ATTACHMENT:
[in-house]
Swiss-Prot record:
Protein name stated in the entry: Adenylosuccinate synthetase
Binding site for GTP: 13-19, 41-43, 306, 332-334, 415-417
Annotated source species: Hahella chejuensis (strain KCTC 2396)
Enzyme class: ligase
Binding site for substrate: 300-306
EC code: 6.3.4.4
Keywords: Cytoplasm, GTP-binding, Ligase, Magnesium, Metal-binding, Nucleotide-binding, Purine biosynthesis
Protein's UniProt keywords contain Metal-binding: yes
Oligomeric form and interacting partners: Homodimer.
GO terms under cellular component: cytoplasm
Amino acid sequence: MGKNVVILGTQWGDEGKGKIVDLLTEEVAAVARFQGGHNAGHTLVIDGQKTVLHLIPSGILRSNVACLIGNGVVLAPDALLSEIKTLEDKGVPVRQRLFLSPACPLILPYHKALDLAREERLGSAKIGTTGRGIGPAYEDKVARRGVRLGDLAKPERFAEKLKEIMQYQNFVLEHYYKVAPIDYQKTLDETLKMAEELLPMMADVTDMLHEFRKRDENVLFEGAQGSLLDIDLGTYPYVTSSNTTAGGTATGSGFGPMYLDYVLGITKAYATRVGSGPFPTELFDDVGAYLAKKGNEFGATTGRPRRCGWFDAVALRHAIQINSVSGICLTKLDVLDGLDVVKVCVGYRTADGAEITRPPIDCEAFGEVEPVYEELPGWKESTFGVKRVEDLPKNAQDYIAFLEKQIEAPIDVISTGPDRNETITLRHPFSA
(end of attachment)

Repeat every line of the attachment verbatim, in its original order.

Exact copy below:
[in-house]
Swiss-Prot record:
Protein name stated in the entry: Adenylosuccinate synthetase
Binding site for GTP: 13-19, 41-43, 306, 332-334, 415-417
Annotated source species: Hahella chejuensis (strain KCTC 2396)
Enzyme class: ligase
Binding site for substrate: 300-306
EC code: 6.3.4.4
Keywords: Cytoplasm, GTP-binding, Ligase, Magnesium, Metal-binding, Nucleotide-binding, Purine biosynthesis
Protein's UniProt keywords contain Metal-binding: yes
Oligomeric form and interacting partners: Homodimer.
GO terms under cellular component: cytoplasm
Amino acid sequence: MGKNVVILGTQWGDEGKGKIVDLLTEEVAAVARFQGGHNAGHTLVIDGQKTVLHLIPSGILRSNVACLIGNGVVLAPDALLSEIKTLEDKGVPVRQRLFLSPACPLILPYHKALDLAREERLGSAKIGTTGRGIGPAYEDKVARRGVRLGDLAKPERFAEKLKEIMQYQNFVLEHYYKVAPIDYQKTLDETLKMAEELLPMMADVTDMLHEFRKRDENVLFEGAQGSLLDIDLGTYPYVTSSNTTAGGTATGSGFGPMYLDYVLGITKAYATRVGSGPFPTELFDDVGAYLAKKGNEFGATTGRPRRCGWFDAVALRHAIQINSVSGICLTKLDVLDGLDVVKVCVGYRTADGAEITRPPIDCEAFGEVEPVYEELPGWKESTFGVKRVEDLPKNAQDYIAFLEKQIEAPIDVISTGPDRNETITLRHPFSA